Financial transaction tax
Eleven eurozone states commit to enhanced cooperation
By Tanguy Verhoosel | Tuesday 09 October 2012
The numbers add up: 11 EU states, all members of the eurozone, made a firm commitment, on 9 October, to launch enhanced cooperation on the financial transaction tax (FTT). Italy, Spain, Estonia and Slovakia were the last countries to put their cards on the table during the state-of-play discussion of the FTT by the 27 finance ministers, in Luxembourg. They joined the camp of France, Germany, Austria, Belgium, Portugal, Slovenia and Greece.
Taxation Commissioner Algirdas Semeta welcomed this outcome and urged Rome, Madrid, Tallinn and Bratislava to confirm their oral commitments in writing as soon as possible so that the procedure can continue. At least nine states must submit an official request for enhanced cooperation before the Commission can evaluate it and present a legislative proposal after getting the green light from the 27.
The Cyprus EU Presidency announced that the matter would be added to the agenda of the 13 November Ecofin Council. France and Germany would like to hammer out a political agreement before the end of 2012.
Doing so would be quite a feat given the many outstanding issues to be resolved, raised by the UK. While confirming that it would not participate (unlike Poland, which left the door open), the UK said it would not oppose the move.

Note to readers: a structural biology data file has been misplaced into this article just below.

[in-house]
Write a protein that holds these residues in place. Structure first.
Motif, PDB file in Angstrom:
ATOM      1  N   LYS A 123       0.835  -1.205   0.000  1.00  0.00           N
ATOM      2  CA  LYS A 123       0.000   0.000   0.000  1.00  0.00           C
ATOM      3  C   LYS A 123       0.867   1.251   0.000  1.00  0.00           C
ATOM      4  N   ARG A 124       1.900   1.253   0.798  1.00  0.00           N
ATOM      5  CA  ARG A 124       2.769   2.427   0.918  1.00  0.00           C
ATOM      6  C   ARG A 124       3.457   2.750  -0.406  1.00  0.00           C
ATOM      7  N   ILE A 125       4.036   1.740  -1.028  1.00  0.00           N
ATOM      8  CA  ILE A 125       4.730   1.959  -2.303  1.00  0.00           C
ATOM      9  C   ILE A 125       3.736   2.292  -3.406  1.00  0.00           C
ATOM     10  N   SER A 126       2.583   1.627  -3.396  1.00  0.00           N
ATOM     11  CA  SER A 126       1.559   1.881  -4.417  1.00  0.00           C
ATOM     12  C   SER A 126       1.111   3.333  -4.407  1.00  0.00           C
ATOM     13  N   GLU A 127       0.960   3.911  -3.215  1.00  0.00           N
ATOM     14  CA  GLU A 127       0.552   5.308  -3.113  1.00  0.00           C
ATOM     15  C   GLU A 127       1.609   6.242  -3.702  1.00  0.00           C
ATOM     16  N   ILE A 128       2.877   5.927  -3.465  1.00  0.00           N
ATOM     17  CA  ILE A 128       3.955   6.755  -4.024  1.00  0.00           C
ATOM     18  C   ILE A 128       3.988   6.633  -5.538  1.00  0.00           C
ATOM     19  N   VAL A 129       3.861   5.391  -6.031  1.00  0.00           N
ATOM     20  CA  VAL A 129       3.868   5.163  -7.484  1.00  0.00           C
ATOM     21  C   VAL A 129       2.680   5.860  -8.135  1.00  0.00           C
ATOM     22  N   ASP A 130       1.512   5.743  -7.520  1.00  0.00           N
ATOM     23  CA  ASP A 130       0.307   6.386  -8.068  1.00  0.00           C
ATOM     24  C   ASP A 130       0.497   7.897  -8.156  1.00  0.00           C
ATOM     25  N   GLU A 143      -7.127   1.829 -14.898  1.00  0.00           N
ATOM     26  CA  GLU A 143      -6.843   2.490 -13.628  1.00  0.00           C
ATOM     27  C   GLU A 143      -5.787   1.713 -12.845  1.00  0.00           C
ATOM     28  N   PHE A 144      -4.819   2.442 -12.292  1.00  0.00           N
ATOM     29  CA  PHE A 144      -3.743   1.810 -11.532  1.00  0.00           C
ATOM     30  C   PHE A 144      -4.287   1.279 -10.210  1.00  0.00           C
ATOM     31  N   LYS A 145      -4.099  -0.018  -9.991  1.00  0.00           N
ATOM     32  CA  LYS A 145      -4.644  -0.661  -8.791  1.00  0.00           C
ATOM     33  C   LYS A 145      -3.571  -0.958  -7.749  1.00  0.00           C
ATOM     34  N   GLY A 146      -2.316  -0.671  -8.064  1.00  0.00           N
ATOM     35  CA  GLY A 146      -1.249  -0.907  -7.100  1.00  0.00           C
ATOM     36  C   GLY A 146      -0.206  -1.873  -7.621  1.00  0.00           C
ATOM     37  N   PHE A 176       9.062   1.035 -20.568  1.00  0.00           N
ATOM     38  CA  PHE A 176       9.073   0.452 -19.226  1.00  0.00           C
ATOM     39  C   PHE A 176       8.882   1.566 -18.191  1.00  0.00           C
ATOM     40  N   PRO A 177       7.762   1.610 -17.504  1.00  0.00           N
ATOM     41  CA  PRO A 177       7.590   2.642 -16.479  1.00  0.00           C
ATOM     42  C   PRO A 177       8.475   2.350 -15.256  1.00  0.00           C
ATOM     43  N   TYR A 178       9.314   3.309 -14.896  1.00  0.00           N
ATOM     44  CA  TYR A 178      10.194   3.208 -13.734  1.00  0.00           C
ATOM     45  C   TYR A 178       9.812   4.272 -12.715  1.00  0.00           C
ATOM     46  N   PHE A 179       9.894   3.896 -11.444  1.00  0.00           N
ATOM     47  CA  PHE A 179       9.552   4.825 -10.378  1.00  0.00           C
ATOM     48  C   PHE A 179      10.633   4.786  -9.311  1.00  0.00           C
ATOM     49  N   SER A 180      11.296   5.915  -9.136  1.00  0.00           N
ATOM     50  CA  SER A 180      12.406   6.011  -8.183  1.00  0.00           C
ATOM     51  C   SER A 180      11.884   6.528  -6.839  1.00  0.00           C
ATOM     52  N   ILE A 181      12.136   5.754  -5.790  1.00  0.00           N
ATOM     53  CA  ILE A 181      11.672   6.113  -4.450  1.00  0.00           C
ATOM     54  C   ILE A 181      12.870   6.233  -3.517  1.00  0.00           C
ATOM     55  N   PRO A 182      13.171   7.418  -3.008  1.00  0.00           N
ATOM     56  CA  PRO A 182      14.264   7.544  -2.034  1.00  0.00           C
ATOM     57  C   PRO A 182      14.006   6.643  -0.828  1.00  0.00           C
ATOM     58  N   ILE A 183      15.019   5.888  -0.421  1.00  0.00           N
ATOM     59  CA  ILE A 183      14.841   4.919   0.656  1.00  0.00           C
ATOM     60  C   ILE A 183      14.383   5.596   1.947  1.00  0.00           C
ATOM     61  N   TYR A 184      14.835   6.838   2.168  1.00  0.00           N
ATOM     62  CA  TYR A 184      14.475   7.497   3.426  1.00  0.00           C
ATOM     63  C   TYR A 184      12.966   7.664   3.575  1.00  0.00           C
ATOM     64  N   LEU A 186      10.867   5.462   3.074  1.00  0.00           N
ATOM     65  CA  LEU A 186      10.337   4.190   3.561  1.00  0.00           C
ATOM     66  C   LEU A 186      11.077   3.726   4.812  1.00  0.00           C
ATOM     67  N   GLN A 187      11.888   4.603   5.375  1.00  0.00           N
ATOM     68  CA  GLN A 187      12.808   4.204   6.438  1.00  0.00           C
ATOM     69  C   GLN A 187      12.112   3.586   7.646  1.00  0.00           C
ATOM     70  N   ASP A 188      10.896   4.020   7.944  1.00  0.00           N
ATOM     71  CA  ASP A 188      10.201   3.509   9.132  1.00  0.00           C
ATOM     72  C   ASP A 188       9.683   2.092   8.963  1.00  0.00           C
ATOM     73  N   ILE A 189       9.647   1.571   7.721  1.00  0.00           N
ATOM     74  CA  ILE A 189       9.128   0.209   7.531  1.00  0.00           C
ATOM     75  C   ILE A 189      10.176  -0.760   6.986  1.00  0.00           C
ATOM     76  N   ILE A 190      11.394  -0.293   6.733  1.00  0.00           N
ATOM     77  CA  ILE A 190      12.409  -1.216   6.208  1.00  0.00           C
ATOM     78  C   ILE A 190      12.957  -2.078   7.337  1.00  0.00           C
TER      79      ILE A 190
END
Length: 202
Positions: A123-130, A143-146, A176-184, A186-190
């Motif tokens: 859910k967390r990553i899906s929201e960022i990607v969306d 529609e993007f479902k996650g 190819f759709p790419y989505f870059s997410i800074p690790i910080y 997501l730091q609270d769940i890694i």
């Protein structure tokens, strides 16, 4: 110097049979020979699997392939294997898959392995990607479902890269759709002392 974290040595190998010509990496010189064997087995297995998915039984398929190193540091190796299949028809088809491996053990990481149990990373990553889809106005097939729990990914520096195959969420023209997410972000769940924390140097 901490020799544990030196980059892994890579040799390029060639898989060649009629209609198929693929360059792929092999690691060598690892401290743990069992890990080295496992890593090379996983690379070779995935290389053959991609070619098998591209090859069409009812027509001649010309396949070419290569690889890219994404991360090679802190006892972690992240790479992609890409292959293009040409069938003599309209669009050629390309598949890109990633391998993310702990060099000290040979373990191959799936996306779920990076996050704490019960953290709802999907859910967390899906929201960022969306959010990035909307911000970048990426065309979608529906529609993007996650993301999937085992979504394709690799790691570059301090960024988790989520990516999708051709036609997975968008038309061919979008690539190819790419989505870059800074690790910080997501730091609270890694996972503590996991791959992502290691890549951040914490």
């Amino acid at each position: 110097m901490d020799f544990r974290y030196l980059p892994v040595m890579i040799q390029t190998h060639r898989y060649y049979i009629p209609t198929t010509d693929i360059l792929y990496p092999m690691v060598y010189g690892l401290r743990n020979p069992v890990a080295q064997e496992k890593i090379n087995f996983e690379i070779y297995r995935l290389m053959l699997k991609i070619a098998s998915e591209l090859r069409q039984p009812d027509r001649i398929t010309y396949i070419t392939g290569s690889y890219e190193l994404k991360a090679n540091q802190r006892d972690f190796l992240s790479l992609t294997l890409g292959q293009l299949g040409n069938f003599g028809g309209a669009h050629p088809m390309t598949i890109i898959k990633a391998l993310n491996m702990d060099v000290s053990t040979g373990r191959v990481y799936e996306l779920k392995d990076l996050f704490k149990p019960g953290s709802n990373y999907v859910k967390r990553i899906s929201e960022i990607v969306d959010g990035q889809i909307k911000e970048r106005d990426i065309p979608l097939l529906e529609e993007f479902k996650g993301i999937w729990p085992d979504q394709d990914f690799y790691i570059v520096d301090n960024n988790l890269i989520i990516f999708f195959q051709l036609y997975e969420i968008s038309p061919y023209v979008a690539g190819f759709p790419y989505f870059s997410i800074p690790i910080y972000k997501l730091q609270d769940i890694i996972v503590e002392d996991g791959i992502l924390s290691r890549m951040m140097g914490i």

What scope will be given to the FTT? Will the tax undermine the cohesion of the single market? How will revenues derived from the tax be allocated? There is also a more political question: to secure the support of Italy and Spain, have France and Germany promised something in return, in the context of the negotiations on the EU financial framework, for example?
Semeta shed a little light on his intentions, saying that all the requests he has received so far were based on his 2011 proposals.
At that time, the Commission proposed to levy a tax of 0.1% on transactions on shares and bonds, and 0.01% on derivatives. Part of the revenues from the FTT (€57 billion a year in the event that all 27 took part) should be allocated to the EU budget, it suggested, which would enable states to reduce their direct contributions.
Germany remains opposed in principle to allocating part of the revenues from the tax to funding the EU, while other countries have concerns about the potentially negative impact on their own financial market of an FTT covering a very broad range of financial products.
The idea of restricting, possibly temporarily, the scope of the tax to shares and bonds, based on the example of the British stamp duty, has been discussed in this context.